How to Answer "What Are Your Short/Long-Term Goals"
Some job interview questions are so common that they have become almost universal. One example: "What are your short- and long-term goals?" This question allows the interviewer to evaluate your ability to distinguish between the two and to assess your life and career direction.
So how do you answer this question effectively?
Make Sure Your Answers Relate
Ideally, your short-term goals and long-term goals should relate to one another. This shows that you have a plan in place and that you're committed to following it. This means that your short-term goals should somehow lead to your long-term goals.
Short-term career goals examples could include:
- Breaking into a new industry
- Learning a new set of skills
- Gaining experience in leadership and team-building
- Becoming an authority in your industry
From there, build on your answers to form your long-term goals. If your short-term goal is to learn new skills, for instance, your long-term goal might be to gain a managerial position that allows you to lead a team. Focus on guiding yourself toward the future you envision. Keep your answers honest, but let the company and position guide you.
Incorporate the Company's Mission Statement
Before you attend any interview, visit the company's website and look for its mission statement, vision statement, or similar set of goals. You can use that information to inform your answer to this question. Maybe the company hopes to become an industry leader through innovation and creativity. Short-term goals examples for your interview could include:
- I'd like to become instrumental in helping my employer supersede the competition.
- I'm interested in applying my creative talents to achieving innovative results.
- My goal is to join a team that doesn't accept second-best status.
This way, you show that you've done your research and that your goals align with the company through which you want to gain employment.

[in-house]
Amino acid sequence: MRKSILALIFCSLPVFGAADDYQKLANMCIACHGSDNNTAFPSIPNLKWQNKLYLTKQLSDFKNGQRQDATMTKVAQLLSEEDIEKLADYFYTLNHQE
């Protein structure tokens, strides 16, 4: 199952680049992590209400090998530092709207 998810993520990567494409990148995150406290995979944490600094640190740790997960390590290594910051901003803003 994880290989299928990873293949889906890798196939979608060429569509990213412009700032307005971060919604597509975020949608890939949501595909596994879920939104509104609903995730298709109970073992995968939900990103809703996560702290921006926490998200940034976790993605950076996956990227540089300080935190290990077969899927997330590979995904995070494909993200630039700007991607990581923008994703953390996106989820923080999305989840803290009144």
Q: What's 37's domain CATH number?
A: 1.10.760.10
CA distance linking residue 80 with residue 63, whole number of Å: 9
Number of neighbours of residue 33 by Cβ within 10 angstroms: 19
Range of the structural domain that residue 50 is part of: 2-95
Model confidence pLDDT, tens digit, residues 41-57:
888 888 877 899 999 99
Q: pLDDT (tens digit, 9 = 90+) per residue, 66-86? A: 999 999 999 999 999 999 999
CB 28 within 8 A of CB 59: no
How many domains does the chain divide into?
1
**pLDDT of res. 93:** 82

Align Your Answers With Your Experience
Avoid answering the long-term goal question with aspirations like "become the CEO of a Fortune 500 company" or "win the Nobel prize." Keep your answers in tune with your skills, work history, and abilities. You don't want to appear egotistical or unreasonable.
Think about the logical next steps for your career. If you were an entry-level candidate two years ago, maybe you're interested in becoming a team leader or a middle manager. Alternatively, perhaps your short-term and long-term goals relate to skill-building or portfolio-developing.
Emphasize Your Desire to Find Long-Term Employment
If you can answer this question within the framework of working for this specific company, you'll put yourself in a great position to walk away with the job. Stress that you're looking for long-term employment with a stable company. Employers are looking for people who won't contribute to high turnover.
This is also a great time to turn a negative into a positive. Maybe you've done considerable job-hopping over the last few years. Hiring managers might look askance at that fact. When asked about your short- and long-term goals, mention that you've changed jobs several times and that you're tired of it. You're looking for stable employment so you can grow with a company and put down roots.
There's no right or wrong way to answer the question, "What are your long- and short-term goals?" It's entirely dependent upon your personality, skills, abilities, and actual goals. Don't fabricate a goal just to please an interviewer; instead, shape your real goals, so they appeal to the company's hiring manager. If you plan your answer ahead of time, you won't stumble over the question or give an answer that you'll later regret.